Effective process auditing requires the auditor to identify and record audit trails that will make a difference to the organization. The audit should begin with the process owner in order to understand how the process interacts with the other process inputs, outputs, suppliers and/or customers.
What are ‘audit criteria’?
We’ve all heard the term ‘audit criteria’ but what exactly does it mean? As defined in ISO 19011:2018, audit criteria are used as ‘a reference against which conformity is determined’. It goes on to say that ‘The criteria may include one or more of the following:
- Policies, processes and procedures;
- Performance criteria including objectives, statutory and regulatory requirements, management system requirements;
- Information regarding the context and the risks and opportunities as determined by the auditee (including relevant external/internal interested parties’ requirements);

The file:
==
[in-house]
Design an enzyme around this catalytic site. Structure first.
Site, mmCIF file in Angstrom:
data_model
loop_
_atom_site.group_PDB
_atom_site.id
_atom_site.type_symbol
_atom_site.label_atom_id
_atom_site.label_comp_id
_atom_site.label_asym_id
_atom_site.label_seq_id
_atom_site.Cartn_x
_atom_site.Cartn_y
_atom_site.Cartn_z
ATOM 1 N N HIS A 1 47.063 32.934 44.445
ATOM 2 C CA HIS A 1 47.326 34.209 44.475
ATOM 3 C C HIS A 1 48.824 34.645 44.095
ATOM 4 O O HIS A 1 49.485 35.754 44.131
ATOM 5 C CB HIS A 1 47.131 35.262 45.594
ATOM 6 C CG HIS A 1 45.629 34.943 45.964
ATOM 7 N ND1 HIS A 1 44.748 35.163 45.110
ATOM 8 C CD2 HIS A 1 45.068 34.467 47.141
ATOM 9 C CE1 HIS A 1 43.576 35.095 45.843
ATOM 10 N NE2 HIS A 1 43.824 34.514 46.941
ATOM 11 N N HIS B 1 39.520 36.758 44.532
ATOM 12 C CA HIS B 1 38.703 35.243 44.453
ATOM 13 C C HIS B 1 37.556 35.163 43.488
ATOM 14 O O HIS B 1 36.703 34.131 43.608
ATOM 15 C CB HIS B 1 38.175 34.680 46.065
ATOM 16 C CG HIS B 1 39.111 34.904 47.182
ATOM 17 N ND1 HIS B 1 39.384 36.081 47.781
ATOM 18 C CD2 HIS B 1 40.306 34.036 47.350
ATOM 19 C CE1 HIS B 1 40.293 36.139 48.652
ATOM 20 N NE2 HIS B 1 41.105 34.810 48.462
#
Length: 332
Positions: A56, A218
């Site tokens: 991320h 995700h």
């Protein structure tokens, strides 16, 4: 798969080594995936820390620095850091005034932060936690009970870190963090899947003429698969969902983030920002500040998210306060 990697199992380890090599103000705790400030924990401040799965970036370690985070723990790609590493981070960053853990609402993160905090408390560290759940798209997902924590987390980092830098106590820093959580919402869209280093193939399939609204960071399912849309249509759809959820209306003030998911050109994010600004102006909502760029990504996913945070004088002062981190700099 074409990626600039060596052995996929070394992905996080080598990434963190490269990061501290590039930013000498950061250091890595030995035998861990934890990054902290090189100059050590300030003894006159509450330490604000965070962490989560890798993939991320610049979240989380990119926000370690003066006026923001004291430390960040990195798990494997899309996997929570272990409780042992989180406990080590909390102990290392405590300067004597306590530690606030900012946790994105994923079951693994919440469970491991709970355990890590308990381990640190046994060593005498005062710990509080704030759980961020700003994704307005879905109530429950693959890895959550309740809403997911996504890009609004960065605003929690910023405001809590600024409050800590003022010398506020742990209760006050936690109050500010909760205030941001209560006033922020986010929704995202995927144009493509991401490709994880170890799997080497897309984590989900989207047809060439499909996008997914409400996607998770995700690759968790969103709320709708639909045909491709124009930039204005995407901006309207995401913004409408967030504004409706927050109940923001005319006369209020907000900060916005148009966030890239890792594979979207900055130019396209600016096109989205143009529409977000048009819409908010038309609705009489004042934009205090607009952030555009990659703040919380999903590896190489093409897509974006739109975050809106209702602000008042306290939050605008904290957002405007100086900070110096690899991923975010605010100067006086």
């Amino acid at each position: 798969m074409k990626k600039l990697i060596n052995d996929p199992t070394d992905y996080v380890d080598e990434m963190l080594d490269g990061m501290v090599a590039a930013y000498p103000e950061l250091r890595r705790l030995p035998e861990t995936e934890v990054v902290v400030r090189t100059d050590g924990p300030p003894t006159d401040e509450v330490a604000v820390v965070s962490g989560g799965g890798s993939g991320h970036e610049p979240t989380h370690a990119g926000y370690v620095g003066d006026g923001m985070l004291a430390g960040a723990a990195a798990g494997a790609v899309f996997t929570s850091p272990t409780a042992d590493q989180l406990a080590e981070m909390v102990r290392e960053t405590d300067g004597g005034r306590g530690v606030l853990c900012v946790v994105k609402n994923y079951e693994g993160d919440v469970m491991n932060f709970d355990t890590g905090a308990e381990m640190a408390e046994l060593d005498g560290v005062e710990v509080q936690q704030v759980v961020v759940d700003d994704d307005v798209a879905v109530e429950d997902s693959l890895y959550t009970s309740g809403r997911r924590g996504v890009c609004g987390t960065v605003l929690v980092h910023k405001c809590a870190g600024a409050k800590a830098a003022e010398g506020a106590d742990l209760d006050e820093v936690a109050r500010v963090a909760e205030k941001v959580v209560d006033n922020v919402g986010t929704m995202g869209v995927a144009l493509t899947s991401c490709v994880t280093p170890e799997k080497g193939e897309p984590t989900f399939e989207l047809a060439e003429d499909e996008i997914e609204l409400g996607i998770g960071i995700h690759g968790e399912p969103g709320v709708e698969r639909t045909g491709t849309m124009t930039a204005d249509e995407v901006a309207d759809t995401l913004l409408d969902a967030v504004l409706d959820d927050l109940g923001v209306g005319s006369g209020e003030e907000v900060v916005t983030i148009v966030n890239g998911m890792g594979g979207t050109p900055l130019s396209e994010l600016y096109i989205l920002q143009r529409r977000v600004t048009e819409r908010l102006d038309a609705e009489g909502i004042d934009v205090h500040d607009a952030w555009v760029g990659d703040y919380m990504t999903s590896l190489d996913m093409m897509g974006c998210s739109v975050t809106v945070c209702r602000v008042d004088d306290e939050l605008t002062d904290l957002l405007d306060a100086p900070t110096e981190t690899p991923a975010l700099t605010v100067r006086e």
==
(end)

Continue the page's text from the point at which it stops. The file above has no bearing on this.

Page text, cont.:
- Business sector codes of conduct or other planned arrangements.
Basically, all documented information that helps you to prove the consistency and compliance of your quality management system should be part of the scope for each individual audit. If you are auditing to verify that the requirements of ISO 9001:2015 are implemented, then the standard itself becomes the audit criteria.
If you are going to audit your quality management system documentation as per ISO 9001:2015, the audit criteria become ISO 9001:2015, and relevant quality management system documentation such as the quality manual, procedures, work instructions, standard operating procedure, and forms, etc.